54 Lewis B. Smedes, “The Evangelicals and the Social Question,” Reformed Journal (February 1966) 8–10. For Henry's and Smedes's continuing exchange, see Henry, “What Social Structures?,” Reformed Journal (May–June 1966) 6–7; and Smedes, “Where Do We Differ?,” Reformed Journal (May–June 1966) 8–10.

55 For the underlying philosophical social thought in Henry's social ethics, see Augustus Cerillo, Jr., “A Survey of Recent Evangelical Social Thought,” Christian Scholar's Review 5 (1976) 273–75; and Augustus Cerillo, Jr. and Murray W. Dempster, Salt and Light: Evangelical Political Thought in Modern America (Grand Rapids, Mich.: Baker Books, 1989).

56 Henry, “What Social Structures?,” 8–10.

57 Carl F. H. Henry, “Letters to the Editor,” Post American (August/September 1975) 12.

58 Toulouse, “Christianity Today and American Public Life,” 273–74.

59 E. Earl Ellis, review of Martin Luther King, Jr.'s Stride Toward Freedom, Christianity Today (12 January 1959) 34–36.

60 Henry, “What Social Structures?,” 9.

61 For a comparison of The Christian Century's editorial position on civil rights and other social issues, see Mark Toulouse, “The Christian Century and American Public Life: The Crucial Years, 1956–1968,” in New Dimensions in American Religious History: Essays in Honor of Martin E. Marty (ed. Jay P. Dolan and James P. Wind; Grand Rapids, Mich.: Eerdmans, 1993) 45–81.

62 Toulouse, “Christianity Today and American Public Life,” 272–73.

63 Anne C. Loveland, American Evangelicals and the US Military, 1942–1993 (Baton Rouge: Louisiana State University Press, 1996) 134–36. See also Robert James Eels, “Mark O. Hatfield and the Search for an Evangelical Politics” (Ph.D. diss., University of New Mexico, 1976).

64 See James Alden Hedstrom, “Evangelical Program in the United States, 1945–1980: The Morphology of Establishment, Progressive, and Radical Platforms” (Ph.D. diss., Vanderbilt University, 1982); and Jeffrey McClain Jones, “Ronald Sider and Radical Evangelical Political Theology” (Ph.D. diss., Northwestern University, 1990).

65 Hedstrom, “Evangelical Program,” 409–13, 427–28; and Richard Pierard, “The New Religious Right in American Politics,” in Evangelicals and Modern America (ed. George Marsden; Grand Rapids, Mich.: Eerdmans, 1984) 161–74.

66 For a sample of the literature, see Richard V. Pierard, “Let's Face Up to the Race Issue,” Eternity (August 1963) 3–5; “Wrongs Do Not Make Civil Rights,” Eternity (June 1964) 4; “Mississippi versus James Meredith?,” Reformed Journal (January 1963) 3; “The Answer is Blowing in the Wind,” Reformed Journal (September 1963) 3–4; “North and South,” Reformed Journal (October 1963) 5–6; Clarence Boomsma, “The War on Poverty Can be Won,” Reformed Journal (April 1964) 3; Harry R. Boer, “The Anatomy of a Social Revolution,” Reformed Journal (July–August 1968) 6–10.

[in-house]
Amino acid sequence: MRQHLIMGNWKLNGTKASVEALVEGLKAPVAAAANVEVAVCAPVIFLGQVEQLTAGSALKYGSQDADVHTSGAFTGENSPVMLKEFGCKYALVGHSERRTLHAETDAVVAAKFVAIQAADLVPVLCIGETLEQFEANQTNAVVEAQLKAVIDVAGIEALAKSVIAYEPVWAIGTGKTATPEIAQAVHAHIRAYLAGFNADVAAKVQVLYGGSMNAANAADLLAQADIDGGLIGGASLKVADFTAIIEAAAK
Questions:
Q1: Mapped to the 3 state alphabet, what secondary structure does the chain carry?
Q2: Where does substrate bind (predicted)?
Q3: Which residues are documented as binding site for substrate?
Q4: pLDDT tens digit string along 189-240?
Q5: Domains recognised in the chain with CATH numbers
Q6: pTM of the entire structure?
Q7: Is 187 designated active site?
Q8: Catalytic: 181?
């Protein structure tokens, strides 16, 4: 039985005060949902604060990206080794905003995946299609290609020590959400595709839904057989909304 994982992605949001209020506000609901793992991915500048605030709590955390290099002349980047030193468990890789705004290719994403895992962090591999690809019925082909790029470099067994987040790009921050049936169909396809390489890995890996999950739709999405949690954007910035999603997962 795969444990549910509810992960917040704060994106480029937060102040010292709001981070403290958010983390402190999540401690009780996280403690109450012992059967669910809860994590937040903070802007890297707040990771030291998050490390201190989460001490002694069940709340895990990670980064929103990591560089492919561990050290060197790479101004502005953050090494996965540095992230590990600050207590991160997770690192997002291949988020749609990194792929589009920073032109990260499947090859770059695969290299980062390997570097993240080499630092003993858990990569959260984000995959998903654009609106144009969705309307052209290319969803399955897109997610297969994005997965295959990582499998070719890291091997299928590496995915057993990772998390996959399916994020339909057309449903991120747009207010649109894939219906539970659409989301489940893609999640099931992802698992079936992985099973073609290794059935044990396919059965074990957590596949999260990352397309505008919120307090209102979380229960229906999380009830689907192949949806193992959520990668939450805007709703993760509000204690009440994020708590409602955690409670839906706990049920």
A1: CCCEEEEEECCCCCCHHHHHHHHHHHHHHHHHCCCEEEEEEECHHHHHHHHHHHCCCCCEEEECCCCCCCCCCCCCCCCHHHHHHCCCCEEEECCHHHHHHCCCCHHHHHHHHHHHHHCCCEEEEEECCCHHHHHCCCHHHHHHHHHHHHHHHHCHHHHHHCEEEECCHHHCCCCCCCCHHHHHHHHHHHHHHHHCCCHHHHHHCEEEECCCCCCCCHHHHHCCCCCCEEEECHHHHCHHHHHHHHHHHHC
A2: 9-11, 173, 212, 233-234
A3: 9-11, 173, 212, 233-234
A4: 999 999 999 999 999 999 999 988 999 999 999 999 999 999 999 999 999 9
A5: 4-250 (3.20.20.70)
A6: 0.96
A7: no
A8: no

67 See James Davison Hunter, Evangelicalism: The Coming Generation (Chicago: University of Chicago Press, 1987) 130.

68 For early critiques of evangelical political conservatism, see Moberg, Great Reversal; and Richard V. Pierard, The Unequal Yoke: Evangelical Christianity and Political Conservatism (Philadelphia: J. B. Lippincott, 1970).

69 Marsden, Reforming Fundamentalism, 156–57. On Ockenga's role in the rise of neo-evangelicalism, see John Marion Adams, “The Making of a Neo-Evangelical Statesman: The Case of Harold John Ockenga” (Ph.D. diss, Baylor University, 1994).

70 See Marsden, Reforming Fundamentalism, 154–57, 169.

71 Gerald D. McKnight, The Last Crusade: Martin Luther King, Jr, the FBI, and the Poor People's Campaign (Boulder, Colo.: Westview, 1998) 5.

72 J. Edgar Hoover, “Letters to the Editor,” Eternity (May 1954) 2, 4, 35.

73 United Evangelical Action (May 1961) 28–29; and UEA (October 1961) 28.

74 J. Edgar Hoover, “The Challenge of the Future,” Christianity Today (26 May 1958) 3–4; idem, “Communism: The Bitter Enemy of Religion,” Christianity Today (22 June 1959) 3–5; idem, “The Communist Menace: Red Goals and Christian Ideals,” Christianity Today (10 October 1960) 3–5; idem, “Communist Propaganda and the Christian Pulpit,” Christianity Today (24 October 1960) 6–7; and idem, “A Morality for Violence,” Christianity Today (28 April 1972) 8–13.

75 Paddon, “Modern Mordecai,” 216–17. In 1963, Hoover began his obsessive pursuit of gathering information on Martin Luther King's private life by means of wire tapping. See David J. Garrow, The FBI and Martin Luther King, Jr.: From “Solo” to Memphis (New York: W. W. Norton, 1981).

* I thank Mark A. Noll for his helpful feedback on a draft of this essay. I have also benefited from his many writings on evangelical Protestants.